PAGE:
Lupus awareness is critical for employers understanding their workplace responsibilities under the ADA and their employees’ rights for reasonable ADA accommodation.  The employee has to ask for and suggest a reasonable accommodation, usually in writing.  Under the ADA, several criteria about the employee and their disability must first be met.  The  ADA requirements were recently updated by congress in 2008 so they are now even more favorable to employees, and the Equal Employment Opportunity Commission (EEOC) passed a series of regulations in 2009 and 2011 to carry out job related parts of the Americans With Disabilities Act Amendments Act.

Requesting ADA Accommodation at Work

Sample ADA Accommodation Request Form

My employer gave me a form to fill out to request an ADA accommodation that I used to start the process.  On the form I told how my lupus met the legal requirements that made me covered by the ADA, and then I suggested some reasonable  accommodations that would help me keep my job and be able to do my work.  I attached a detailed brochure “What is Lupus” from the Lupus Foundation of America and a narrative letter from my rheumatologist that explained my limitations and supported the accommodations I requested.  I also included some printed information about Lupus from the U.S. Department of Labor Job Accommodation Network web site that I will talk more about below.

Employer and employee talk to agree upon reasonable accommodation

Finally, conversation between the employer and employee helps them reach agreement about reasonable accommodations.  My supervisors and I agreed to change my work schedule to allow me to arrive later in the morning and leave later in the evening to accommodate my lupus symptoms that are most disabling in the early morning hours, and for me to work when I am the sharpest mentally.  Also, we agreed that on days my lupus was in severe flare, I could telecommute and work from home when permitted by my work responsibilities.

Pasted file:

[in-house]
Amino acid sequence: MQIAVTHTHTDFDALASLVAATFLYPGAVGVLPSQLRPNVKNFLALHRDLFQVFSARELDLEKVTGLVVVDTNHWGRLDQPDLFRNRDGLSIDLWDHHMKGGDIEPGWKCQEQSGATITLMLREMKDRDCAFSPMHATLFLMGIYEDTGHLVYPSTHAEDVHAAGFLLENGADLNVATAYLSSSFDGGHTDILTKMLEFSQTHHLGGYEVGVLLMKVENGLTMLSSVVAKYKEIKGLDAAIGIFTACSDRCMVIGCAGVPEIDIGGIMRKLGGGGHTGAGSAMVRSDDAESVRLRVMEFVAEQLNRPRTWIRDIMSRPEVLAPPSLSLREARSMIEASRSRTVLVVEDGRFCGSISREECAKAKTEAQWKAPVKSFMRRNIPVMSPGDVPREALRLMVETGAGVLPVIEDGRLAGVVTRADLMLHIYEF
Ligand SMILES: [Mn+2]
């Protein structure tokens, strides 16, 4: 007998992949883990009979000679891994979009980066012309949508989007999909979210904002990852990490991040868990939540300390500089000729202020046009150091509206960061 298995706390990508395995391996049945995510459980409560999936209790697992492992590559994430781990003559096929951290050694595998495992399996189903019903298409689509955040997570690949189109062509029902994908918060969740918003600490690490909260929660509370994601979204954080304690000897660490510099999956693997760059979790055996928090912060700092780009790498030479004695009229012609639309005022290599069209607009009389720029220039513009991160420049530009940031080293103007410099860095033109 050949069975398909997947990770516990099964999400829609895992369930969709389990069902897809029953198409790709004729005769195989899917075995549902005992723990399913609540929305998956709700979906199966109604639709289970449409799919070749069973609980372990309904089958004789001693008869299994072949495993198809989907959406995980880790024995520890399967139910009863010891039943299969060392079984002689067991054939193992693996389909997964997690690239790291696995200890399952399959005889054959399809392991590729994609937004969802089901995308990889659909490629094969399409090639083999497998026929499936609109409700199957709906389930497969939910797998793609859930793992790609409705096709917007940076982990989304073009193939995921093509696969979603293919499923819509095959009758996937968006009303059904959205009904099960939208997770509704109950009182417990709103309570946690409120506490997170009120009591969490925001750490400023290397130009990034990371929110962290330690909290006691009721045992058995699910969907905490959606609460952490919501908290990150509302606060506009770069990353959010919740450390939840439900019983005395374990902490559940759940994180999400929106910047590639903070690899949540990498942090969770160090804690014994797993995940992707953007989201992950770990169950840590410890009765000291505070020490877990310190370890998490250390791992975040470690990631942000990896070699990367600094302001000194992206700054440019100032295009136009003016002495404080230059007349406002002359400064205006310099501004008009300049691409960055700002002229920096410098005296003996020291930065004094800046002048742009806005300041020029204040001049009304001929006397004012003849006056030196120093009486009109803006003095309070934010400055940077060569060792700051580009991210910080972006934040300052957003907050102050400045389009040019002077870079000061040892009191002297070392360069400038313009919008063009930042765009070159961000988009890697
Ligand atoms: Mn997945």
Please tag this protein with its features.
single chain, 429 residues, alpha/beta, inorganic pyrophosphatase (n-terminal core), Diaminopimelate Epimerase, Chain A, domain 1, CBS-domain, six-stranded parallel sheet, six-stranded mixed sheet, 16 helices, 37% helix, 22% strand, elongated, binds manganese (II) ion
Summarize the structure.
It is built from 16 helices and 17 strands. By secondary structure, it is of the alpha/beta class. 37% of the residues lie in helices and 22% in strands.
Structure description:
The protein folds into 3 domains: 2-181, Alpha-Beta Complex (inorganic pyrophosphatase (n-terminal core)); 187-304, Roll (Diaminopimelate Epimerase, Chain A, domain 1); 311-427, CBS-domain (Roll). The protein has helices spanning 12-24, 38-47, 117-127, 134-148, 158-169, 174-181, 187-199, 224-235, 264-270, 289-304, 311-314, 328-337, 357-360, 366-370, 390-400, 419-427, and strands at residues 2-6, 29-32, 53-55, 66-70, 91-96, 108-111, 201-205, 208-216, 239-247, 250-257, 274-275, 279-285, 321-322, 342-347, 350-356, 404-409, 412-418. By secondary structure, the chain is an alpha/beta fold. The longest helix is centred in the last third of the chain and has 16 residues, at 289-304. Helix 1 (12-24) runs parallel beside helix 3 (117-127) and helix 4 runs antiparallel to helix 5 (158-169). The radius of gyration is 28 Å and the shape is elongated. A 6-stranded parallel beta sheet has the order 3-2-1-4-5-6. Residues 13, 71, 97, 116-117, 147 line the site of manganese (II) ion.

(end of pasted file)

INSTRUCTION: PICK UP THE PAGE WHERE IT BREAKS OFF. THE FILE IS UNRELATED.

ADA Accommodation in a Successful Career

I have been successful keeping my thirty year career in law, first as a paralegal and then as a government law department administrator for the past 22 years.  Because of continuing to work, I am not a burden on the social security system, and am able to get and pay for my own medical care through my group insurance program.  I am now qualified for a local government pension and will be able to work the rest of a full career to my normal retirement age, because of the support of my bosses and their implementation of the ADA accommodations I needed.

The ADA accommodation clearly helps me, but it also protects my supervisors from being accused of being unfair to other employees by making special scheduling or telecommuting arrangements for me.  Others at work cannot really say they are being unfair, or inequitable, since the idea of workplace equity does not apply the same to employees covered by the ADA, who are not similarly situated to other healthy employees.  My ADA accommodation formally places me into a protected status given by the ADA, that acknowledges I am working under a different situation than most others in my office.

The Technical Assistance Manual: Title I of the ADA provides this important information:

Who is protected by the ADA?

Who Is Protected by Title I of the ADA?

“The ADA prohibits employment discrimination against ‘qualified individuals with disabilities.’ A qualified individual with a disability is:  An individual with a disability who meets the skill, experience, education, and other job-related requirements of a position held or desired, and who, with or without reasonable accommodation, can perform the essential functions of a job.